You have probably already read or heard that Yoga helps enormously. It helps you to come back into your body and feel. Yoga helps you to feel how your body feels and where you feel the tension. By being present with the breath, you can consciously let the body relax. You can experience this in all different forms of Yoga, because you are connected to your breathing. Yoga means "Union, Unite". It provides a unity of body and mind.
4. Sports and Movement
Active forms of sports also work well for your nervous system. After a good session in the gym for example, the substance Serotine is released. This is the substance that makes you feel good, it helps to relax your muscles and helps with releasing stress. You can also just dance in your living room!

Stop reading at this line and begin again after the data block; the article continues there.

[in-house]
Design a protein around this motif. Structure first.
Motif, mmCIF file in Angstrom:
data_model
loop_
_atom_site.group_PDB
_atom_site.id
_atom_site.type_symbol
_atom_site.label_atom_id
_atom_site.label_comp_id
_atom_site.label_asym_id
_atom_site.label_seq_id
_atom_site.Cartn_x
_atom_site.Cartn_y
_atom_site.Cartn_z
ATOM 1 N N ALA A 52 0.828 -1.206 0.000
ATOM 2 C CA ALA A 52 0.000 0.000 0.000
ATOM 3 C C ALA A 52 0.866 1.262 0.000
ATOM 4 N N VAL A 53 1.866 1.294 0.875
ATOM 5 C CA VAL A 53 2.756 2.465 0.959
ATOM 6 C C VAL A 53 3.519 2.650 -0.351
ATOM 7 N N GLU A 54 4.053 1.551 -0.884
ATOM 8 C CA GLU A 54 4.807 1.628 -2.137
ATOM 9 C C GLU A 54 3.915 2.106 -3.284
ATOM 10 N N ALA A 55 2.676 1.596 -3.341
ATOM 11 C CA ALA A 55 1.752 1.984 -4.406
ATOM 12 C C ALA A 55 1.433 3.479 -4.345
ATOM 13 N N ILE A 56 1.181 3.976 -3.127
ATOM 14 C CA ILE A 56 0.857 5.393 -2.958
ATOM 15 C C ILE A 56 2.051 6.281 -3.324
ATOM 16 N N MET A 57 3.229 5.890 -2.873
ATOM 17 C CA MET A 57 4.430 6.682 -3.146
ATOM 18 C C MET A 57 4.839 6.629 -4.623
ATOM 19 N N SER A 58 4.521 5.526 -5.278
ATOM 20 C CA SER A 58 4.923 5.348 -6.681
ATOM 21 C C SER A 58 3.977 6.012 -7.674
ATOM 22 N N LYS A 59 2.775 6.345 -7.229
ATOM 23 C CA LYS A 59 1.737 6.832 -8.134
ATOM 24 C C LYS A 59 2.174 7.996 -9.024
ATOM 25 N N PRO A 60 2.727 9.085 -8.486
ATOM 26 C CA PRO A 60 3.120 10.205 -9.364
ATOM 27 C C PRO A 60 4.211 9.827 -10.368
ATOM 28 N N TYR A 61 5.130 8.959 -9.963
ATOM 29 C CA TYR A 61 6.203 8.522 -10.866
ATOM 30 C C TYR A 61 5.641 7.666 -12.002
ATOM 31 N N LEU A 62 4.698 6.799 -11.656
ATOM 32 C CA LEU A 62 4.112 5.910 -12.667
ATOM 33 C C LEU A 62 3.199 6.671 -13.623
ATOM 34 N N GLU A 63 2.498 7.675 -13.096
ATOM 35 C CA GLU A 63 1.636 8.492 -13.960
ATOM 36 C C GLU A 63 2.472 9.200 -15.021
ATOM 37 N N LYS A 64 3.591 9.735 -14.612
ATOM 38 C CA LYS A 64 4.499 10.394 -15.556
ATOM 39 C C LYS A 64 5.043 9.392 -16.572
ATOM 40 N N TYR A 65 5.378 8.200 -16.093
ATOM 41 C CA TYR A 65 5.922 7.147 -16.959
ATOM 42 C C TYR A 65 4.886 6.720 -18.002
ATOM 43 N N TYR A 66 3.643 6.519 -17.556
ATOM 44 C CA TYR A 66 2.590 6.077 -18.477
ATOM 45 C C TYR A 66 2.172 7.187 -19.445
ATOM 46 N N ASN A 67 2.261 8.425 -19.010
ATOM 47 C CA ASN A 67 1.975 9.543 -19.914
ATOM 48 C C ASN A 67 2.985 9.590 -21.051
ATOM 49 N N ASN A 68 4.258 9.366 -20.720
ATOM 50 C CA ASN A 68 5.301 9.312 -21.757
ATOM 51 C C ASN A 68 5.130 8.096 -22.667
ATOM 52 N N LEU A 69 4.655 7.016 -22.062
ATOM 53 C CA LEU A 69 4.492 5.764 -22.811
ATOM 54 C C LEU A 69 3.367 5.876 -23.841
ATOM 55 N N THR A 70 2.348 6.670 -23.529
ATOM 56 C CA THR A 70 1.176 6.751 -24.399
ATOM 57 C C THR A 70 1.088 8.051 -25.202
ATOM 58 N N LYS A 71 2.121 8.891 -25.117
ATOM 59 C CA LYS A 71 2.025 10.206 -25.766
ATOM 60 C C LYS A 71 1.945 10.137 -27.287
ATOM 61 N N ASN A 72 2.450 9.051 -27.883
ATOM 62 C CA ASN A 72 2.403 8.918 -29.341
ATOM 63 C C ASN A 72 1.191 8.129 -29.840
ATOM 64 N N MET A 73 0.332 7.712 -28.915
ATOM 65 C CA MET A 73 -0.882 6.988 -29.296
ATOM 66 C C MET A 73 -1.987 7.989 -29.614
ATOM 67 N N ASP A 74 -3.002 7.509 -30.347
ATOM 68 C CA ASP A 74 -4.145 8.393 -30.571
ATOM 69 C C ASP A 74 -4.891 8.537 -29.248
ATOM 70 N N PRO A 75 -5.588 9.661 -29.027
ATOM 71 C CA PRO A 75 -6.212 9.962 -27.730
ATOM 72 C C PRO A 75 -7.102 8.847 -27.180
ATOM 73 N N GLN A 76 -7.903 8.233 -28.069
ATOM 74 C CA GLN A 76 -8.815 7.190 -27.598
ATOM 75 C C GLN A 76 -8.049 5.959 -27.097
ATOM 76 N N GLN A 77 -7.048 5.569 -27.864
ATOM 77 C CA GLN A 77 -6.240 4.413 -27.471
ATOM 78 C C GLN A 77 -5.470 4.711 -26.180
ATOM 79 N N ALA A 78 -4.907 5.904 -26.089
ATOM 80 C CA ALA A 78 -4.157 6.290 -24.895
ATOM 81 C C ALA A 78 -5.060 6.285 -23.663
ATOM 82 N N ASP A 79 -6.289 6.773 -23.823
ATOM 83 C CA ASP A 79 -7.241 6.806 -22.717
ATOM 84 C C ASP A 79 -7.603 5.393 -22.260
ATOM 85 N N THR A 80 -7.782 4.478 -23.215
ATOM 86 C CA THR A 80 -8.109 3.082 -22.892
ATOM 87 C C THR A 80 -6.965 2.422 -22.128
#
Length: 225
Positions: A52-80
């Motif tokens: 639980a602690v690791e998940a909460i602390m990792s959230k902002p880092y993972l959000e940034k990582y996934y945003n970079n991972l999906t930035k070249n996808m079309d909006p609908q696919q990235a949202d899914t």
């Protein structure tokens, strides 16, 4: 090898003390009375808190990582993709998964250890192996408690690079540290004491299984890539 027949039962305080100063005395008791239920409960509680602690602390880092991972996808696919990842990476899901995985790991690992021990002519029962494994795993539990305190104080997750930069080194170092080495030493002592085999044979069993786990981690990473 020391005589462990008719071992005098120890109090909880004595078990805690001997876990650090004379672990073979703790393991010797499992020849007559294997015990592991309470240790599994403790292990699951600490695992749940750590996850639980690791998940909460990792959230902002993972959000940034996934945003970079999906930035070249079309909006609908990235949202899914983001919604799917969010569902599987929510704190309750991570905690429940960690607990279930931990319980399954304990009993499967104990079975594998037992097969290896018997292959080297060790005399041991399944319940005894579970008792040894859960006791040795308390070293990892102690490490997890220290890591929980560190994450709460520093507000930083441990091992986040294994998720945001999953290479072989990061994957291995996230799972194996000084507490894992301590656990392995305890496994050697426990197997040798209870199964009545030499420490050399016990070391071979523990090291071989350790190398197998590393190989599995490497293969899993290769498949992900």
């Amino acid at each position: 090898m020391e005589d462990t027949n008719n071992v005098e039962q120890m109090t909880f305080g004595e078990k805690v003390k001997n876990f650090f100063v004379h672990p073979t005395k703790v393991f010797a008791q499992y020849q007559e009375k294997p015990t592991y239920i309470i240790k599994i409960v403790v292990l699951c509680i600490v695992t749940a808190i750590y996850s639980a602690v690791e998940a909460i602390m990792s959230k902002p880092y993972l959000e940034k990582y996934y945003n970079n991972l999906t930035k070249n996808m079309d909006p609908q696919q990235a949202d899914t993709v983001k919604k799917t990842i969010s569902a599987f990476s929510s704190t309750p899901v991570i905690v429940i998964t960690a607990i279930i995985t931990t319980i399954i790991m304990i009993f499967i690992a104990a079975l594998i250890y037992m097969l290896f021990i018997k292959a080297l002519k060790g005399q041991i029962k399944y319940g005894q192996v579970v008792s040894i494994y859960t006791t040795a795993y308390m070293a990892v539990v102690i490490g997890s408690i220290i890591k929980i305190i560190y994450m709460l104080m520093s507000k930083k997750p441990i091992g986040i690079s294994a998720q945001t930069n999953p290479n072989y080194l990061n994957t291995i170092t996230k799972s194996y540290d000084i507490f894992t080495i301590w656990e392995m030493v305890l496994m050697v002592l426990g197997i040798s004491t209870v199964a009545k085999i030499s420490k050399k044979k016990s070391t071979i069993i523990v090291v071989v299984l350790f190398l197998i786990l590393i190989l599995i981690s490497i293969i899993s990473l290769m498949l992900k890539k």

Sleep is easy to get into. We then go to bed too late and we wake up tired in the morning. With a good night's sleep, we calm our nervous system. We calm our mind and body.
Gratitude has been scientifically researched and proven that gratitude has a positive effect on your nervous system. It establishes a connection with your heart and ensures that the love hormone oxytocin is produced. Did you know that you also make this hormone with a good, long hug of 10 seconds? This substance also provides relaxation in the body and nervous system. So just hug!
Nature has a relaxing effect. The energy of the earth and trees work very grounding and brings our body to rest. A walk or a run through the forest works wonders!
In addition to these options, there are of course many more. Often also much more personal.
Listening to soothing music or singing a mantra can also let your nervous system relax. For someone else that is doing something creative. And for another, it's a long, hot bath with a cup of tea next to it.
I hope that you benefit from the above ideas and that you yourself discover what works for you to really really relax!
Love and light,
MuriëlPrevious item Next item